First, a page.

Speculative Fiction Wiki
Speculative fiction is a literary genre that straddles the line between science fiction and fantasy. The term is credited to Robert Heinlein, though there are many other citations as well.
Speculative fiction is often used to highlight the struggles of marginalized communities or as a way to envision brighter futures. It is a super-genre that includes everything from Jules Verne’s adventure stories to dystopian novels and beyond.
Speculative fiction is a broad term that encompasses many different genres. It includes science fiction, fantasy, magic realism, horror and utopian and dystopian fiction. It is also sometimes used as an umbrella term to describe any fiction that does not fit into the traditional literary realism category.
For example, Mary Shelley’s novel Frankenstein is a classic piece of speculative fiction. It is a story about a scientist who creates a monster. The monster turns out to be a hideous creature that is rejected by mankind. The story raises many questions about the nature of life and the human condition.
The exact definition of speculative fiction is often debated by critics, authors and readers. It has become a catch-all term that is used to describe any work that does not fit into the traditional categories of science fiction, fantasy and horror. Some writers, such as Margaret Atwood, have proposed new definitions for the genre that are more inclusive and less restrictive than previous ones.
Subgenres may be as loose or as strict as they like, but they tend to form around a common stylistic element. For example, magic realism describes recognizable worlds with a hint of unexplained magic that enchants readers and adds an intoxicating element of “what if?”
Other genres often have their own subgenres within the broader category of speculative fiction. For instance, the science fiction genre has many overlapping axes and a variety of subtypes including hard science fiction (characterized by a high degree of scientific detail and accuracy) and cyberpunk (which fuses elements from hacker and underground/punk culture).
Dystopian literature, another broad subgenre within speculative fiction, describes a future where society has gone wrong in a wide range of ways. It includes classic futuristic narratives such as George Orwell’s Nineteen Eighty-Four and Anthony Burgess’ A Clockwork Orange and contemporary book series such as Lois Lowry’s Giver Quartet and James Dashner’s Maze Runner books. The genre also encompasses feminist dystopian works such as Margaret Atwood’s The Handmaid’s Tale.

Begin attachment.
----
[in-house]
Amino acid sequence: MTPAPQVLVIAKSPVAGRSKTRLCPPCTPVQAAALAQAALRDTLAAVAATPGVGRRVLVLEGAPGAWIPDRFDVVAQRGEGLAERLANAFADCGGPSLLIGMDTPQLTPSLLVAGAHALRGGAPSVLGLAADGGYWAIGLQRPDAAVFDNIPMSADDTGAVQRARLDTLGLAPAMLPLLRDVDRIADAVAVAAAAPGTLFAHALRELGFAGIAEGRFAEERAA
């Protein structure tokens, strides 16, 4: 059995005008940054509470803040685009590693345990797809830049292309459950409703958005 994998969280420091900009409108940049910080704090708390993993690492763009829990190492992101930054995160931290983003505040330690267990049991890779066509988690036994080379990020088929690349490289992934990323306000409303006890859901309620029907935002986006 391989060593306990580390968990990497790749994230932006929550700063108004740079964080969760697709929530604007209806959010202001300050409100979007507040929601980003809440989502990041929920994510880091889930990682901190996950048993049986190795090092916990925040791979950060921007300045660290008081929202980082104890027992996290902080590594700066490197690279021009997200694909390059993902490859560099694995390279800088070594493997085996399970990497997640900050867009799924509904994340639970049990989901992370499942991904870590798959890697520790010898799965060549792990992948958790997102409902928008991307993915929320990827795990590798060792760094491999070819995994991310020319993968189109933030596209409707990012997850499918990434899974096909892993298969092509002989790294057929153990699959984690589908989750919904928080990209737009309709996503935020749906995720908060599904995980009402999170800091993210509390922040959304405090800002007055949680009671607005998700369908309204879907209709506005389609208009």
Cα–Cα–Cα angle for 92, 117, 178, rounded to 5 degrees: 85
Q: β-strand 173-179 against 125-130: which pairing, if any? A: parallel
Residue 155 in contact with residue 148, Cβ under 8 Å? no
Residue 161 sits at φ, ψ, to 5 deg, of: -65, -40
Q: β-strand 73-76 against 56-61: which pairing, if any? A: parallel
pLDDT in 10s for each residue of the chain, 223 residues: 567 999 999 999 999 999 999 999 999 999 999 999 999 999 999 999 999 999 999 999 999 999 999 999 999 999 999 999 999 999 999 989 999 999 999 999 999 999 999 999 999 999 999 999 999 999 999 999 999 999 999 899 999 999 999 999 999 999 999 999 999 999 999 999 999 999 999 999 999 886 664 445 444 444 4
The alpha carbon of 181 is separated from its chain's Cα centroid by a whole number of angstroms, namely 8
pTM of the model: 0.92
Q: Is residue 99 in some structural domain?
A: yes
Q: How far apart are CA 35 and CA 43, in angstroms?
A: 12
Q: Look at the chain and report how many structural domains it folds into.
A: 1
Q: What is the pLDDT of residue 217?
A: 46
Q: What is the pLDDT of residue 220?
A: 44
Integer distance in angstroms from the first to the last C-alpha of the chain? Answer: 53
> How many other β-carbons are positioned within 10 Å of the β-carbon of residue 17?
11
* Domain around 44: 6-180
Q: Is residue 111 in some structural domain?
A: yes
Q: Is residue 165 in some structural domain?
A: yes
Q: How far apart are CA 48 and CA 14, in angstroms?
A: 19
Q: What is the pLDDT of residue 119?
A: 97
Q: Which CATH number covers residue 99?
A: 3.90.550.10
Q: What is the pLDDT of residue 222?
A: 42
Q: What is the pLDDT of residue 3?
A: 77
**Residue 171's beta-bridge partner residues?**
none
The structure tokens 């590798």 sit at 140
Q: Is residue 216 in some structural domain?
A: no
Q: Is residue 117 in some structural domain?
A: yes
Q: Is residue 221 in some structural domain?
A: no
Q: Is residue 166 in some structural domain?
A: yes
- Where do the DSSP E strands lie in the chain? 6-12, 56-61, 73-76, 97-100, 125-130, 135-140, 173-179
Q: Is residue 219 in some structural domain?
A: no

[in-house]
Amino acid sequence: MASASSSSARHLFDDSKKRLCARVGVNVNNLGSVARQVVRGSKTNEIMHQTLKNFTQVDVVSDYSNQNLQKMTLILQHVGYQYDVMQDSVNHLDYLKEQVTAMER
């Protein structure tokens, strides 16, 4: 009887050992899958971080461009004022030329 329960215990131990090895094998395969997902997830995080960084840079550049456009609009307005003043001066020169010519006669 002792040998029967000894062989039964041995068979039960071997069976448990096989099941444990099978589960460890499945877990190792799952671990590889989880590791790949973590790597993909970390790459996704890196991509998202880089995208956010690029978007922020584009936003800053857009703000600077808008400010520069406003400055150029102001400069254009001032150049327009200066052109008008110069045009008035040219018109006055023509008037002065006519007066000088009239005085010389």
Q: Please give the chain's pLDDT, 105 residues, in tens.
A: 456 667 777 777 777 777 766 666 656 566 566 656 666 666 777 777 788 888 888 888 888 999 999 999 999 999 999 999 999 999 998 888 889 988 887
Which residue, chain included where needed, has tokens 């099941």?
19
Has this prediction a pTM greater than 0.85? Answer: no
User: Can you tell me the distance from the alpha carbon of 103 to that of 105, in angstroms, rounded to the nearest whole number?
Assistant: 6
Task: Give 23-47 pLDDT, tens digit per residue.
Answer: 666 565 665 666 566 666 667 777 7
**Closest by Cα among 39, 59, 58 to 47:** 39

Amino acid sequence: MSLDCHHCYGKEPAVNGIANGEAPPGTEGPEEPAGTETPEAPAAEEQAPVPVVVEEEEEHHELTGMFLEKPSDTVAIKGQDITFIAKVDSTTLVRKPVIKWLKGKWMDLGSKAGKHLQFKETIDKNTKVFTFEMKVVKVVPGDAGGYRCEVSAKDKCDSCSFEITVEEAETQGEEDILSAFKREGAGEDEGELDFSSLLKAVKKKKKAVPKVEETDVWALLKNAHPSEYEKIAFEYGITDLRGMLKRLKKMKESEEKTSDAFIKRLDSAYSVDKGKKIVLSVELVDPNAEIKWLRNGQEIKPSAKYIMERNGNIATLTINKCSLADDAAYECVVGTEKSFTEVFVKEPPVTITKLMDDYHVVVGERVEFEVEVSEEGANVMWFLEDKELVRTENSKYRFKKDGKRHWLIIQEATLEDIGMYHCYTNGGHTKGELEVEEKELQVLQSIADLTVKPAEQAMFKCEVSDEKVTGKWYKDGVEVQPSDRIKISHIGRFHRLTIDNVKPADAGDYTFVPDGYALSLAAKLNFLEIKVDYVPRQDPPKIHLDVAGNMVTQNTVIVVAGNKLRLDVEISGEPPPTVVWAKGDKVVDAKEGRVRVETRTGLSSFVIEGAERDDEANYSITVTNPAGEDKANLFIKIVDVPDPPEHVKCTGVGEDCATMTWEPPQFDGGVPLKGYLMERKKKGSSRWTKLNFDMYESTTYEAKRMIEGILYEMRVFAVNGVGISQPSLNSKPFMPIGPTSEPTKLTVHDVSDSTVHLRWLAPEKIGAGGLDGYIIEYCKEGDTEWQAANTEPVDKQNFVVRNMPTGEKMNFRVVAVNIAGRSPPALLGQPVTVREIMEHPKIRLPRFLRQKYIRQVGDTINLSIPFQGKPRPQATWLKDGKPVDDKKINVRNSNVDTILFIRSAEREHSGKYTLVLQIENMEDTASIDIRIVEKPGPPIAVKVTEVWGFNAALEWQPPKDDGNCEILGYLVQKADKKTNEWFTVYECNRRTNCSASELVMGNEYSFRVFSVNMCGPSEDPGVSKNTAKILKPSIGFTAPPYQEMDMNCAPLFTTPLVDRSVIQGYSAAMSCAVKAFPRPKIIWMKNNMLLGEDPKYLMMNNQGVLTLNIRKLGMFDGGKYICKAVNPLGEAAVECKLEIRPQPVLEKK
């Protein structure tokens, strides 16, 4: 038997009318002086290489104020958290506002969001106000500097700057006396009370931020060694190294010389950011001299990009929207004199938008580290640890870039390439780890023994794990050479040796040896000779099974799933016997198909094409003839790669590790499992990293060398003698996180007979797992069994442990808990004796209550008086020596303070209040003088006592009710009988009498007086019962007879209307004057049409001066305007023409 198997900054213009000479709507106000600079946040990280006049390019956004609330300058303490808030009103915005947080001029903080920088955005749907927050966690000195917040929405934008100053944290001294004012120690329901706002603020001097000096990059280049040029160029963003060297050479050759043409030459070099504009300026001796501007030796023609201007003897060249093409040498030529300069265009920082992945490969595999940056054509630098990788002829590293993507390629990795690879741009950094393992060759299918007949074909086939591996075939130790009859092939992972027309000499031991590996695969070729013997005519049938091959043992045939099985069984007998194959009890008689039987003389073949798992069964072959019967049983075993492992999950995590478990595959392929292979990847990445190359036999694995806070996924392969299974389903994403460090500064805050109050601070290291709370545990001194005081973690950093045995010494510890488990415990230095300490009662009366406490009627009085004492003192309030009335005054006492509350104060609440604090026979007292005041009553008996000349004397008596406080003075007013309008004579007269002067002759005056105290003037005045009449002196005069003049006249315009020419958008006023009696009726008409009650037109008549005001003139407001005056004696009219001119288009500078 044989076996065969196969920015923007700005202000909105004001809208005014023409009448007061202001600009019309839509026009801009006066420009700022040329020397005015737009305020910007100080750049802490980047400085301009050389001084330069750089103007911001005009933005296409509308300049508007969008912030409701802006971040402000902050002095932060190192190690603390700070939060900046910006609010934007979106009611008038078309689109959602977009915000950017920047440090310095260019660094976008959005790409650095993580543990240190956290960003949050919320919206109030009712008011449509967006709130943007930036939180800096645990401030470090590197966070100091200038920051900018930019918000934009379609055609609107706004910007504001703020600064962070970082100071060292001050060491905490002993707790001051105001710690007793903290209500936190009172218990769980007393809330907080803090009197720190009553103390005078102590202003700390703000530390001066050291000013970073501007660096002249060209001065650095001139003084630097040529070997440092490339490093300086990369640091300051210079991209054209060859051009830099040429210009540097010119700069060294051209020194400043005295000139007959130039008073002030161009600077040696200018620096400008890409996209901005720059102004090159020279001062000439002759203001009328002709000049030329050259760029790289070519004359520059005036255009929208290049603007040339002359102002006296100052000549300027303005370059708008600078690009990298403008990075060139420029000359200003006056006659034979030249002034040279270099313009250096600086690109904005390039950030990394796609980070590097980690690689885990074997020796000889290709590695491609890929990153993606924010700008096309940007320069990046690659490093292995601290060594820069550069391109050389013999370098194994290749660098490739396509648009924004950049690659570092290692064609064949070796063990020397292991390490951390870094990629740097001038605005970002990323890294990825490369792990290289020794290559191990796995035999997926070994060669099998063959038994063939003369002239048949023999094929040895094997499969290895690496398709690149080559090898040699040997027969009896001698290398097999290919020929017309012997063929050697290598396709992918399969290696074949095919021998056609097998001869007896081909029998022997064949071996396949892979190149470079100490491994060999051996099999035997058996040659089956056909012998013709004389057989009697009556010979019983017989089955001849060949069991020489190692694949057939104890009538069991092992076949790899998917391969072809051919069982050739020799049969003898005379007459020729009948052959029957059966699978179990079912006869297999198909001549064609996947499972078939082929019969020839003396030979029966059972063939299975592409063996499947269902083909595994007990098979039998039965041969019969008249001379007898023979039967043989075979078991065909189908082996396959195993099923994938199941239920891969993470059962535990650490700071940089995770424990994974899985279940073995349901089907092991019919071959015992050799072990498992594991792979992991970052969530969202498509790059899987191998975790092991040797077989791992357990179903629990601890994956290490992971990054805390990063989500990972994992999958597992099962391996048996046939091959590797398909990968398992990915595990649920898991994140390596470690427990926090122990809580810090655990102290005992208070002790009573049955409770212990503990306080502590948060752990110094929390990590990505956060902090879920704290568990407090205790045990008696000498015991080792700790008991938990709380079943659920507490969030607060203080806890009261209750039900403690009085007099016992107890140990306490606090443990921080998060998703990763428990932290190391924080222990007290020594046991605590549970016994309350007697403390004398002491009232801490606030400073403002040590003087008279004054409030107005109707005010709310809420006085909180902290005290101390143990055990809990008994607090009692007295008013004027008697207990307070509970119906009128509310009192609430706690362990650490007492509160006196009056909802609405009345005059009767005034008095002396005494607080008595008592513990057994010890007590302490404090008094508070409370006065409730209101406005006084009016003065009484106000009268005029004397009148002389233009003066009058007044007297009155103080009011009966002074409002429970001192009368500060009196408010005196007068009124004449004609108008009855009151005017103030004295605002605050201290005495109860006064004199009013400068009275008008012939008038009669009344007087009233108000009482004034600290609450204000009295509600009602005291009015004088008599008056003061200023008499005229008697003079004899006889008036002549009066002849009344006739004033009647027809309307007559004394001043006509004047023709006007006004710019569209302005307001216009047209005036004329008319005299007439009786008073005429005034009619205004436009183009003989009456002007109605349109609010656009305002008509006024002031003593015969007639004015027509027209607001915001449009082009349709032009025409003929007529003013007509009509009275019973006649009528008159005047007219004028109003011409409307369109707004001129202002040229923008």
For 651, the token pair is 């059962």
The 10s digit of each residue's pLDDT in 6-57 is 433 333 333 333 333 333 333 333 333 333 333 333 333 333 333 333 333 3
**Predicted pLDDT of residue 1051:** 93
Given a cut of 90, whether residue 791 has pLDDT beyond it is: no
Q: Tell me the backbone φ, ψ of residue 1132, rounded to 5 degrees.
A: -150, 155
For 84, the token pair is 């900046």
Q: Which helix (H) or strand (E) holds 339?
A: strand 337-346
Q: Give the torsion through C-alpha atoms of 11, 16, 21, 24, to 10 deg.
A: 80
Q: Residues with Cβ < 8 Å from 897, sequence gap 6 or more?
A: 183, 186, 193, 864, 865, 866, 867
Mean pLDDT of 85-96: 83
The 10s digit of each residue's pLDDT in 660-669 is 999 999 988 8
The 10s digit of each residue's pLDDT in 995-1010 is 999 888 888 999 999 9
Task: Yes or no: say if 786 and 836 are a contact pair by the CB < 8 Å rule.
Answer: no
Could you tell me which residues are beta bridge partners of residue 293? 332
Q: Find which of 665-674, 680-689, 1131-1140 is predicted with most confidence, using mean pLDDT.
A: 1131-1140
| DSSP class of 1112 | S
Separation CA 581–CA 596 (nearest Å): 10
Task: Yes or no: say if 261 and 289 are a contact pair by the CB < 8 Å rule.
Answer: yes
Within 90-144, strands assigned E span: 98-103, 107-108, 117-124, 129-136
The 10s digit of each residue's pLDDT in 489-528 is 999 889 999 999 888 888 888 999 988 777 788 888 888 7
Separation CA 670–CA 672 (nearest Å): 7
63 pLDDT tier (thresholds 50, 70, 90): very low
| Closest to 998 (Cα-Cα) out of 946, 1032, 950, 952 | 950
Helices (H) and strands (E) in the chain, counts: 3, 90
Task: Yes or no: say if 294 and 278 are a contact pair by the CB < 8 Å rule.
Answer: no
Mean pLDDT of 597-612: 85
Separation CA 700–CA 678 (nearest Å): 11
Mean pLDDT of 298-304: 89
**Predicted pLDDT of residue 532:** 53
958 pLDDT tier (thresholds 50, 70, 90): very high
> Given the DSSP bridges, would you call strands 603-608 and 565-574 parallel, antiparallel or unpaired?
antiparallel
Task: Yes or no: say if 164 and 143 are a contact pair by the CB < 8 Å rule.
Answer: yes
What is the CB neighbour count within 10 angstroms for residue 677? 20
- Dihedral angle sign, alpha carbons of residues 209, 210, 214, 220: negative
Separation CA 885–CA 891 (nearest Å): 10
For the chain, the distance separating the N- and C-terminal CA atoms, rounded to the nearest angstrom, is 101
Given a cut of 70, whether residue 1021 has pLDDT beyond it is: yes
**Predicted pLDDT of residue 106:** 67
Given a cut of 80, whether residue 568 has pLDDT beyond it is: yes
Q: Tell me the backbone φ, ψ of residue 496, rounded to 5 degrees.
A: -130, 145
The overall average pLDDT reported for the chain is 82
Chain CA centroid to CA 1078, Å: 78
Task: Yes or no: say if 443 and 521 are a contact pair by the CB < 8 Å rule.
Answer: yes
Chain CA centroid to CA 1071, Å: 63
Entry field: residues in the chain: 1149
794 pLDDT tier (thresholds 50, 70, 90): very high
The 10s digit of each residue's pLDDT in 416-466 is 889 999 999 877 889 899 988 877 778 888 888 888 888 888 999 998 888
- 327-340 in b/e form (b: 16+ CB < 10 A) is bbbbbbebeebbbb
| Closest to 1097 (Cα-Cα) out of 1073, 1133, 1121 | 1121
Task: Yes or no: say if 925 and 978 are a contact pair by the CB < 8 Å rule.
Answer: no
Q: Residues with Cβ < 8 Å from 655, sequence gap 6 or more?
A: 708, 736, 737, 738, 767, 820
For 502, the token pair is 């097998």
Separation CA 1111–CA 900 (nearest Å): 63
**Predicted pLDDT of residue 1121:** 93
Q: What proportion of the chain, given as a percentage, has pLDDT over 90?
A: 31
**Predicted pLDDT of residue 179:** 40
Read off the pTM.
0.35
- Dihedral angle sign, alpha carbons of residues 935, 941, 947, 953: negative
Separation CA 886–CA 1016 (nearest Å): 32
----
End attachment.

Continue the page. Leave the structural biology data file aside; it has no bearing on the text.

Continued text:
Science fiction is a genre full of tropes. While many of these are fun to read and watch, they can become repetitive if writers rely on them too often. To avoid this, writers should use their imagination and think of different ways to twist a classic idea.
For example, aliens in sci-fi stories should not be stereotyped as an oppressed group or a purely evil one. Instead, aliens should be unique and interesting. Similarly, it is important to avoid outdated space travel tropes such as faster-than-light travel.
Other common science fiction tropes include apocalypses, post-apocalyptic settings, and alternate universes. Speculative fiction can also incorporate science into superhero stories. However, not every apocalypse or post-apocalyptic story is sci-fi, so writers should be careful to make sure they are using the right genre. Moreover, science fiction can also be used to explore new civilizations and cultures. For example, Nnedi Okorafor’s book Binti combines some of these themes.
Speculative fiction is a literary genre that takes the “what if?” approach to examine earthly themes such as love, loss, family, and morality. It allows authors to examine these issues with a unique, fantastical twist. For example, Mary Shelley’s speculative science fiction novel Frankenstein; or the Modern Prometheus (1818) and Aldous Huxley’s speculative fiction novel Brave New World (1932) were both considered important novels of their time for their social commentary.
In the 2010s, speculative fiction experienced a rebirth after Margaret Atwood’s bestselling speculative fiction narrative The Handmaid’s Tale was adapted into a Hulu series. Author Alexis Schaitkin has also garnered attention for her speculative fiction novel Elsewhere, in which she explores the complexities of motherhood with a unique, fanciful lens. Other respected authors who have written speculative fiction include Kurt Vonnegut, who wrote many science fiction novels, and Mary Shelley, who penned several science fiction works including the classic Frankenstein; or, The Modern Prometheus (1818).